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Managing water where it falls is something you can do to help protect our rivers and Lake Michigan. We have an aggressive goal to create enough green infrastructure to capture 740 million gallons of water every time it rains.
Cleaning water is very energy intensive. That's one reason why MMSD's goal is to produce our own and be energy self-sufficient by the year 2035.
MMSD knows it’s important to continue to minimize energy use and switch to domestic, secure forms of energy. Doing so can save money, reduce price volatility, reduce greenhouse gas emissions, and provide energy security. In the context of supply and demand, energy conservation (i.e.,demand) and renewable energy (i.e., supply) are things over which we have some control.
MMSD's Landfill Gas Project
Solar Power @ Jones Island
Sewer Heat Recovery
Food is Fuel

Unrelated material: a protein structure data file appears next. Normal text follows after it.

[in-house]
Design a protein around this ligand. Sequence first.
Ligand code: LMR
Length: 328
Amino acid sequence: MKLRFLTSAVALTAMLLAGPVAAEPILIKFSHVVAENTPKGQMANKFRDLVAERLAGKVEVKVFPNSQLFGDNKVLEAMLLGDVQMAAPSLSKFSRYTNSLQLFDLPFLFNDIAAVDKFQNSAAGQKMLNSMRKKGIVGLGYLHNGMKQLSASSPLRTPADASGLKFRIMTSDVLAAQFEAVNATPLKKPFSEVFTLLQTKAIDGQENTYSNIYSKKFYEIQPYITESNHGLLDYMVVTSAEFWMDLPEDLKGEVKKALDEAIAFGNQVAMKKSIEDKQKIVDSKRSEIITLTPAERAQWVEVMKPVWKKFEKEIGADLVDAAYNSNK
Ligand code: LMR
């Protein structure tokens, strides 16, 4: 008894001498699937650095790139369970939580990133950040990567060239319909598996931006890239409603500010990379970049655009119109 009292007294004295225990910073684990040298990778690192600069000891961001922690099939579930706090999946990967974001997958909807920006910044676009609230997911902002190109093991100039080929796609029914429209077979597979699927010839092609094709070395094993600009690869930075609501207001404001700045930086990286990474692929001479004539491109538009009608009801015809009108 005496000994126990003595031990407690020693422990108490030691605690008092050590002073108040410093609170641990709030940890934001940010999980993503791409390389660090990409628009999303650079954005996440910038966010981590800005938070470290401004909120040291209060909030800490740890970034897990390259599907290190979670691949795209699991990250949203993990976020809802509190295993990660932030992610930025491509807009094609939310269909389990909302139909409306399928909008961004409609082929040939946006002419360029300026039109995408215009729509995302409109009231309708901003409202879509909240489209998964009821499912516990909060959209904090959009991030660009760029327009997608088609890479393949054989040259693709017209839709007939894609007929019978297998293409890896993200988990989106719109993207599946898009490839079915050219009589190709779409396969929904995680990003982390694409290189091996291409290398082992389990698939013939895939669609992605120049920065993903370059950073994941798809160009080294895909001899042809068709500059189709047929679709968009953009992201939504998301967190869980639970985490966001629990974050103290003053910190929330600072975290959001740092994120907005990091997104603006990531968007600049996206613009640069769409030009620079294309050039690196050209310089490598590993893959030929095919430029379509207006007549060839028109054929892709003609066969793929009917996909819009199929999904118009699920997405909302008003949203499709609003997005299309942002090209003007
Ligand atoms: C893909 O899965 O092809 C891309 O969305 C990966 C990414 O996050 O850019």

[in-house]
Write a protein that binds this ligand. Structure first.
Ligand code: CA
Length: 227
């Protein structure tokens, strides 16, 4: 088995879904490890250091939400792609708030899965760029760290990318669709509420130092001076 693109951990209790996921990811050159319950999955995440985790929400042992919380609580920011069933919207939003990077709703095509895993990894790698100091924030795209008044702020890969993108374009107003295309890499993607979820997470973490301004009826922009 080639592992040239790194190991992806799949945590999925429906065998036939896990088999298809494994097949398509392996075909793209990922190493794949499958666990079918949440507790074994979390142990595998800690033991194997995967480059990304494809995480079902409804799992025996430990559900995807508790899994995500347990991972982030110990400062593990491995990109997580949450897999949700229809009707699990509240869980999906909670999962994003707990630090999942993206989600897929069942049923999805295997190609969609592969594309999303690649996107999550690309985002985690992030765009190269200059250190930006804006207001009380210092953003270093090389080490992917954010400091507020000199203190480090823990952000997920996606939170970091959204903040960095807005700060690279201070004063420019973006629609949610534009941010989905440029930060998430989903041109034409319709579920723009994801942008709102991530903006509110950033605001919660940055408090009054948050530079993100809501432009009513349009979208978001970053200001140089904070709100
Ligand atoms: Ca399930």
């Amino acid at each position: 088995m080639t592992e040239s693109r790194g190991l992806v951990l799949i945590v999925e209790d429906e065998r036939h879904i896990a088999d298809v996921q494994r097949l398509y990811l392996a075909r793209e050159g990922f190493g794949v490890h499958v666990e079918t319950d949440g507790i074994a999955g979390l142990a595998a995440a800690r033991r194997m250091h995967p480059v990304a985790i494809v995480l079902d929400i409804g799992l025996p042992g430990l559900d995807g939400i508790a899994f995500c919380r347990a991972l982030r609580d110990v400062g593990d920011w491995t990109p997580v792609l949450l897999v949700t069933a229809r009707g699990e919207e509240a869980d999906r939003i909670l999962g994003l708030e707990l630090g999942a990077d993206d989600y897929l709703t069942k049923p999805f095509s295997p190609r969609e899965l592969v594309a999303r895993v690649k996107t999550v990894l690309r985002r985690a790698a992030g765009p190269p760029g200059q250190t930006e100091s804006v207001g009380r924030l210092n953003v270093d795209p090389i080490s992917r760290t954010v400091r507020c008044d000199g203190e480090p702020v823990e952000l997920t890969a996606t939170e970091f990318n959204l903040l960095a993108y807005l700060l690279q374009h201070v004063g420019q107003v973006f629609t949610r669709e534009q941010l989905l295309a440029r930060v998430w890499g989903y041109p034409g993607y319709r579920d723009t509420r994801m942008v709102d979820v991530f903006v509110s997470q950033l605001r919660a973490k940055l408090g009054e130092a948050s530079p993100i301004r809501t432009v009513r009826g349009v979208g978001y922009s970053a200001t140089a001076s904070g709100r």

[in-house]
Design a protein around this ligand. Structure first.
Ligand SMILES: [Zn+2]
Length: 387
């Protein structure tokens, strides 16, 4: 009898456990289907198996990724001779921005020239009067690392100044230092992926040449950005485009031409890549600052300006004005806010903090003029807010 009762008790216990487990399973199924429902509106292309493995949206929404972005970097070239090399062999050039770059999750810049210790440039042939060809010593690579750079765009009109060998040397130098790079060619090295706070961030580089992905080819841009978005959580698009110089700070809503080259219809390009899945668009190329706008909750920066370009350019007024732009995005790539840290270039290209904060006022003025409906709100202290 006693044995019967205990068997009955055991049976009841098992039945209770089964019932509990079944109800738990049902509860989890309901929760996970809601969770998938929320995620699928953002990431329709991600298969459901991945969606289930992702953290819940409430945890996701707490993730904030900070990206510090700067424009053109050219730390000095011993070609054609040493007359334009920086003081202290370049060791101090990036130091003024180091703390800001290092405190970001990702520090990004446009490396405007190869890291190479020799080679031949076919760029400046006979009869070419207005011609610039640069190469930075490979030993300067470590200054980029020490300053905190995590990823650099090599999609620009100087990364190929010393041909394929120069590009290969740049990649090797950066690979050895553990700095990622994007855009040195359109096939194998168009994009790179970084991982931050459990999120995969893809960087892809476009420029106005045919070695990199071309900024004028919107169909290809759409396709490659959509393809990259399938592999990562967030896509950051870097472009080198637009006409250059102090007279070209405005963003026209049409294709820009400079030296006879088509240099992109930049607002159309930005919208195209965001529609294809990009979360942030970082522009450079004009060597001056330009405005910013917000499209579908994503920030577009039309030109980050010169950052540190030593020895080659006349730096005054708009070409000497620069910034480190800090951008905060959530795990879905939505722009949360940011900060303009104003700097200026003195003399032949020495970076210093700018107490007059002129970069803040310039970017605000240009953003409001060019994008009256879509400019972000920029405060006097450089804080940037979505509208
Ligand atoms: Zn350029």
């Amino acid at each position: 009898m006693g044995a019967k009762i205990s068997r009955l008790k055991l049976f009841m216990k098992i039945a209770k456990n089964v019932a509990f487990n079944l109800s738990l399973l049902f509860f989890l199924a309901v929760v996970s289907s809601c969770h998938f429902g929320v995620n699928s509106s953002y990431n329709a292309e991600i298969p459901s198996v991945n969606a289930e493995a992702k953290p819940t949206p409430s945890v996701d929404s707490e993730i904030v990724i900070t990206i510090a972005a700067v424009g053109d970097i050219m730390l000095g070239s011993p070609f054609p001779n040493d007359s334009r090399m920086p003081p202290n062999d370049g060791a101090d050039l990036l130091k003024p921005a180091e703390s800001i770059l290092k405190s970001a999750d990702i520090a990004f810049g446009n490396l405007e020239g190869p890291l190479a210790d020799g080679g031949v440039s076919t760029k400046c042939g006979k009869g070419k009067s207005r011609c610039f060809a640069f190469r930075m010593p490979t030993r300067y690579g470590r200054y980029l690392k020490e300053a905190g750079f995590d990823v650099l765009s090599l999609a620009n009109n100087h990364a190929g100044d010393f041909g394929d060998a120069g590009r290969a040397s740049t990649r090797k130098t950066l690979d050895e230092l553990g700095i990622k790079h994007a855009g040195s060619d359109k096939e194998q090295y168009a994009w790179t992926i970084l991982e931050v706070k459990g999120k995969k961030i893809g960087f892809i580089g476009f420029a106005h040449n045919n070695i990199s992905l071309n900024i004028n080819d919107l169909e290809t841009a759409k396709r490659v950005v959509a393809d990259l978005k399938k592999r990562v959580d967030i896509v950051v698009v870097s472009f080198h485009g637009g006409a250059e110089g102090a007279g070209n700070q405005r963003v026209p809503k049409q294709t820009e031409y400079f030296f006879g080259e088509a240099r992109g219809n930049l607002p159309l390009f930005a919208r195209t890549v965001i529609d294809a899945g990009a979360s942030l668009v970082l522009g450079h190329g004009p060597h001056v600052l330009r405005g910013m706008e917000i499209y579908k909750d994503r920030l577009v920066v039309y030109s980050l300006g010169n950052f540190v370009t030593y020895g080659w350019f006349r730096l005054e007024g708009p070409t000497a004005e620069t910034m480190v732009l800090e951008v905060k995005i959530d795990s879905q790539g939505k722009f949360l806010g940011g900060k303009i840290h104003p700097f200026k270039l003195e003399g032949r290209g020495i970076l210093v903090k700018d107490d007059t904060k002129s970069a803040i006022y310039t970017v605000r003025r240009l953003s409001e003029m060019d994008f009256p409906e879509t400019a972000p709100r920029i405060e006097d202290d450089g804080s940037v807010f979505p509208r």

In southeastern Wisconsin, two of the most intense rainfall events in the past three decades occurred in 2010 and 2008, causing millions of dollars in flood damage. Predicting the next big storm is impossible, but we do need to be prepared. Intense storms challenge our ability to build, operate, and maintain MMSD’s robust infrastructure, so we’re continually planning to make sure we're as ready as possible.
We know it’s important to do our part to reduce our greenhouse gas (GHG) emissions. To do this, we first inventoried our GHG emissions in 2010, and are updating that work now. Our goal is to reduce our carbon footprint by 90% from baseline conditions by 2035.
MMSD Climate Change Vulnerability Report
Adaptation Strategies for Water Utilities - U.S. EPA
Confronting Climate Change - NACWA
Green House Gas Inventory - MMSD